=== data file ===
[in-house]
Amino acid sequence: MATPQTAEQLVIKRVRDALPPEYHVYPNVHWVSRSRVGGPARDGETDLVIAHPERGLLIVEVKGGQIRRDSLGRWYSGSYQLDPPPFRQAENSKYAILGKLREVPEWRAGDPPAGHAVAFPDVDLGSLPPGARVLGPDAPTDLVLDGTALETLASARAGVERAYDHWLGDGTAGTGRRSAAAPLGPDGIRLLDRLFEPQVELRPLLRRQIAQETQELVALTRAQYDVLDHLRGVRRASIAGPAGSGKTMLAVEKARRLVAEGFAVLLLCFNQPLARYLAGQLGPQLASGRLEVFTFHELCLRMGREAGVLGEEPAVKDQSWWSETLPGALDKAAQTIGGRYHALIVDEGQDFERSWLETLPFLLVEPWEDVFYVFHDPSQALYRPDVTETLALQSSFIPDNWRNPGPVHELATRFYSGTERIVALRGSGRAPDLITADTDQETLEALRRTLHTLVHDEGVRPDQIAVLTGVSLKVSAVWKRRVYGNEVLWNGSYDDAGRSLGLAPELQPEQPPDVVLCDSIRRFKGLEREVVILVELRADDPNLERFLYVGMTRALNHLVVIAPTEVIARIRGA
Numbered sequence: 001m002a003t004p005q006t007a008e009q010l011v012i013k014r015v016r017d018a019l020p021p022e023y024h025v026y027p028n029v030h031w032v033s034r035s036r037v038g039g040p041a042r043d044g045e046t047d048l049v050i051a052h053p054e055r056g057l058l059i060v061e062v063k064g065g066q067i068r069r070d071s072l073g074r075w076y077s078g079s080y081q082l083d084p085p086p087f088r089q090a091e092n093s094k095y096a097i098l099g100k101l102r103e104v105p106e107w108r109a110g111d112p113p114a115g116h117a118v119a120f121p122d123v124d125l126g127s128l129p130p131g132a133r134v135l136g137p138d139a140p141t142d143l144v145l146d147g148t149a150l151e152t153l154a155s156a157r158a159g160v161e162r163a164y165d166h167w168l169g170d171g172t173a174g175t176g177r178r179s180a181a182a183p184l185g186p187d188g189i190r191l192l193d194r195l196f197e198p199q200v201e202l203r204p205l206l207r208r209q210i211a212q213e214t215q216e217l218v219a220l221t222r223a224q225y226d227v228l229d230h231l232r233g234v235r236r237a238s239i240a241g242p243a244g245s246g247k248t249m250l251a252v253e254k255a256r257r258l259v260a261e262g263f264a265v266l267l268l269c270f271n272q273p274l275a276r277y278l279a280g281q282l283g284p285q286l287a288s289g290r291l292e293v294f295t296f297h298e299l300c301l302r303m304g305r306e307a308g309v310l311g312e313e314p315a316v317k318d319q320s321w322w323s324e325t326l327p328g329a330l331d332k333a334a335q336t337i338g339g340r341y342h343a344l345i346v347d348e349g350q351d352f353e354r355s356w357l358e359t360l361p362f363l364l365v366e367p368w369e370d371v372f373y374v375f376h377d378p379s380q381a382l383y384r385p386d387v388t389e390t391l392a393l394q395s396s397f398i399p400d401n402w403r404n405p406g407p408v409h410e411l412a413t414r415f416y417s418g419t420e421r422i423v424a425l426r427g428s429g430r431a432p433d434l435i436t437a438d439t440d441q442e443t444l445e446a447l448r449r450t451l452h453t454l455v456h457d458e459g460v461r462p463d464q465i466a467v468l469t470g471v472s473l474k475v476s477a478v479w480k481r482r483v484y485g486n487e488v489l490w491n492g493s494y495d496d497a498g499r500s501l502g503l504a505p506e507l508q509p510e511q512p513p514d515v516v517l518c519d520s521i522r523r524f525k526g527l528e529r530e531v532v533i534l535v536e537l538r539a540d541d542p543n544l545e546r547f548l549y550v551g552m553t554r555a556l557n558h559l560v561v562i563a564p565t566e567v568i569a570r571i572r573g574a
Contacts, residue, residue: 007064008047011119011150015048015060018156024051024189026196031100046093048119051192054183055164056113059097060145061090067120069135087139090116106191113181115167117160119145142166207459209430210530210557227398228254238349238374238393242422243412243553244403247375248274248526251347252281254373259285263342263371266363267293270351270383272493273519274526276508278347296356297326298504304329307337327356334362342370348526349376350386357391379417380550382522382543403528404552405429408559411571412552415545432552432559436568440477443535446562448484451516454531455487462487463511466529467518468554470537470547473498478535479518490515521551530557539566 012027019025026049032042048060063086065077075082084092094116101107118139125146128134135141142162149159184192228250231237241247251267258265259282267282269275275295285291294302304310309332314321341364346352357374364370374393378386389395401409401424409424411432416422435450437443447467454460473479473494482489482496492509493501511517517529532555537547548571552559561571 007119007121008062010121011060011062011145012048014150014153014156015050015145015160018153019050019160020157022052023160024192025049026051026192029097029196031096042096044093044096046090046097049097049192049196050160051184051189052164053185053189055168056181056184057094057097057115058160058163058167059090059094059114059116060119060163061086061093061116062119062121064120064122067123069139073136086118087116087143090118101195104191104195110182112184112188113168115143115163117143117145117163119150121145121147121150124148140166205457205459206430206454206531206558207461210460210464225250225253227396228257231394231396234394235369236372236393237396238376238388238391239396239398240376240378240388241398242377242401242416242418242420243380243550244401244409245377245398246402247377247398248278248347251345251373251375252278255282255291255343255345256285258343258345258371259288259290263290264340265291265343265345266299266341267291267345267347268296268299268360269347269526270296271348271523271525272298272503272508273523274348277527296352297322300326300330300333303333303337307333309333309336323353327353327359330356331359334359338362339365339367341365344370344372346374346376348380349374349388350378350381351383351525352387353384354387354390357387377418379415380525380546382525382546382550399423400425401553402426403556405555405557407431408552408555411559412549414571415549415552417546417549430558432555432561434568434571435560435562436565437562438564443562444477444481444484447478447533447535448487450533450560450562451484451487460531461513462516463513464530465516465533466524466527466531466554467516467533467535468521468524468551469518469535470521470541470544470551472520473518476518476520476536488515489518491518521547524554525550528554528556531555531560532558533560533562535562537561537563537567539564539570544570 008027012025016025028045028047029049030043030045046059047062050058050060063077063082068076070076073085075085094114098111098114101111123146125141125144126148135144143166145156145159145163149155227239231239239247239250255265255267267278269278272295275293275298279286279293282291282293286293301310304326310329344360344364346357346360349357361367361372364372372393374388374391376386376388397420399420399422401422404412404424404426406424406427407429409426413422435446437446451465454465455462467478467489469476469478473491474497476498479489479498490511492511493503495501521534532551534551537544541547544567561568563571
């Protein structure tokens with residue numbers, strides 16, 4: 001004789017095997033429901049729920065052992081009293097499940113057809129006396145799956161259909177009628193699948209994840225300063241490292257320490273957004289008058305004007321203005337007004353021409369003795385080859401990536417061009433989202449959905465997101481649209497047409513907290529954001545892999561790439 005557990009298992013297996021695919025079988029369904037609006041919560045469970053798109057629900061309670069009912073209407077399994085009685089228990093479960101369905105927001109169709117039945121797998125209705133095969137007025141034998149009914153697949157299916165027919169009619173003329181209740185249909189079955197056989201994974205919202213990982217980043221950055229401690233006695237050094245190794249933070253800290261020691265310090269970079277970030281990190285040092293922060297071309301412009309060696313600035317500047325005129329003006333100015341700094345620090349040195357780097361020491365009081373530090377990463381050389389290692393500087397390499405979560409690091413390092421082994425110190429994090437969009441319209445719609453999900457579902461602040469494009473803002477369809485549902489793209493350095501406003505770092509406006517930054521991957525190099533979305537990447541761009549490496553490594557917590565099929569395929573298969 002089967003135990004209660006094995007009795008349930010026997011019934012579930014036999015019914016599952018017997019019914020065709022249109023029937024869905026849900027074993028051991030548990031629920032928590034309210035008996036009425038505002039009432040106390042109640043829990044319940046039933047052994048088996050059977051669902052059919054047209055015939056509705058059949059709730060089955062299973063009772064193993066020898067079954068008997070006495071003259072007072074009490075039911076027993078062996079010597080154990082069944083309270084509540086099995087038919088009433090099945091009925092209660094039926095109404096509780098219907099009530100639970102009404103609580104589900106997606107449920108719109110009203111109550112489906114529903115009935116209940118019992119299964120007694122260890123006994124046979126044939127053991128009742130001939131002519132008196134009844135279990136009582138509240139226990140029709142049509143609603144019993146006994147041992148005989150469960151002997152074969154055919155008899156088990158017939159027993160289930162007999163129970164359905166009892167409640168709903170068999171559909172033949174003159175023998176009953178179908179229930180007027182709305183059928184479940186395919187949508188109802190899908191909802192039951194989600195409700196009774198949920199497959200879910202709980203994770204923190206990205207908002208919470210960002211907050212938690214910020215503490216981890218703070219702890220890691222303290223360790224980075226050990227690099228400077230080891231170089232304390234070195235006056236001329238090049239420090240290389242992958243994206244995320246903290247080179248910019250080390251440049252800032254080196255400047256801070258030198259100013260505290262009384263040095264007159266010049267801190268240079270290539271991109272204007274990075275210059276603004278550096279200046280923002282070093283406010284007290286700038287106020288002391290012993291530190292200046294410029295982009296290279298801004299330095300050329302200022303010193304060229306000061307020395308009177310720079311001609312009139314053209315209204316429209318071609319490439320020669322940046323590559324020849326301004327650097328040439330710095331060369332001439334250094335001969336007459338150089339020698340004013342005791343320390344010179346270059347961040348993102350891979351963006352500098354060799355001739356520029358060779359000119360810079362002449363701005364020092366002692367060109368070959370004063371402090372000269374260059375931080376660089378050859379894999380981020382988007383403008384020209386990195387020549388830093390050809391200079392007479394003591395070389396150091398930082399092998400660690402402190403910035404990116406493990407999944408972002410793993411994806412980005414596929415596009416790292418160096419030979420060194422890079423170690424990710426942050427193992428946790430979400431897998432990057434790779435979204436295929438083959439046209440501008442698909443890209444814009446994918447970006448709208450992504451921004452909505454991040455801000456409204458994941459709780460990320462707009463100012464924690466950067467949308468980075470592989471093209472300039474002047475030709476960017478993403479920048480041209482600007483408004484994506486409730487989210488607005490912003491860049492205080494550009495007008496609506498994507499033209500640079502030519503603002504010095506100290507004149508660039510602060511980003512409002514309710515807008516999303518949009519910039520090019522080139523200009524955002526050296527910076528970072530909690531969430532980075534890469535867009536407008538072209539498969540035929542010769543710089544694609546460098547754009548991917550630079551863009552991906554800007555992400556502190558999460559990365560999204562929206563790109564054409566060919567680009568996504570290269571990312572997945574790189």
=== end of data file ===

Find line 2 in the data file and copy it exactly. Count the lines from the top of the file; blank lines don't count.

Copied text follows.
Amino acid sequence: MATPQTAEQLVIKRVRDALPPEYHVYPNVHWVSRSRVGGPARDGETDLVIAHPERGLLIVEVKGGQIRRDSLGRWYSGSYQLDPPPFRQAENSKYAILGKLREVPEWRAGDPPAGHAVAFPDVDLGSLPPGARVLGPDAPTDLVLDGTALETLASARAGVERAYDHWLGDGTAGTGRRSAAAPLGPDGIRLLDRLFEPQVELRPLLRRQIAQETQELVALTRAQYDVLDHLRGVRRASIAGPAGSGKTMLAVEKARRLVAEGFAVLLLCFNQPLARYLAGQLGPQLASGRLEVFTFHELCLRMGREAGVLGEEPAVKDQSWWSETLPGALDKAAQTIGGRYHALIVDEGQDFERSWLETLPFLLVEPWEDVFYVFHDPSQALYRPDVTETLALQSSFIPDNWRNPGPVHELATRFYSGTERIVALRGSGRAPDLITADTDQETLEALRRTLHTLVHDEGVRPDQIAVLTGVSLKVSAVWKRRVYGNEVLWNGSYDDAGRSLGLAPELQPEQPPDVVLCDSIRRFKGLEREVVILVELRADDPNLERFLYVGMTRALNHLVVIAPTEVIARIRGA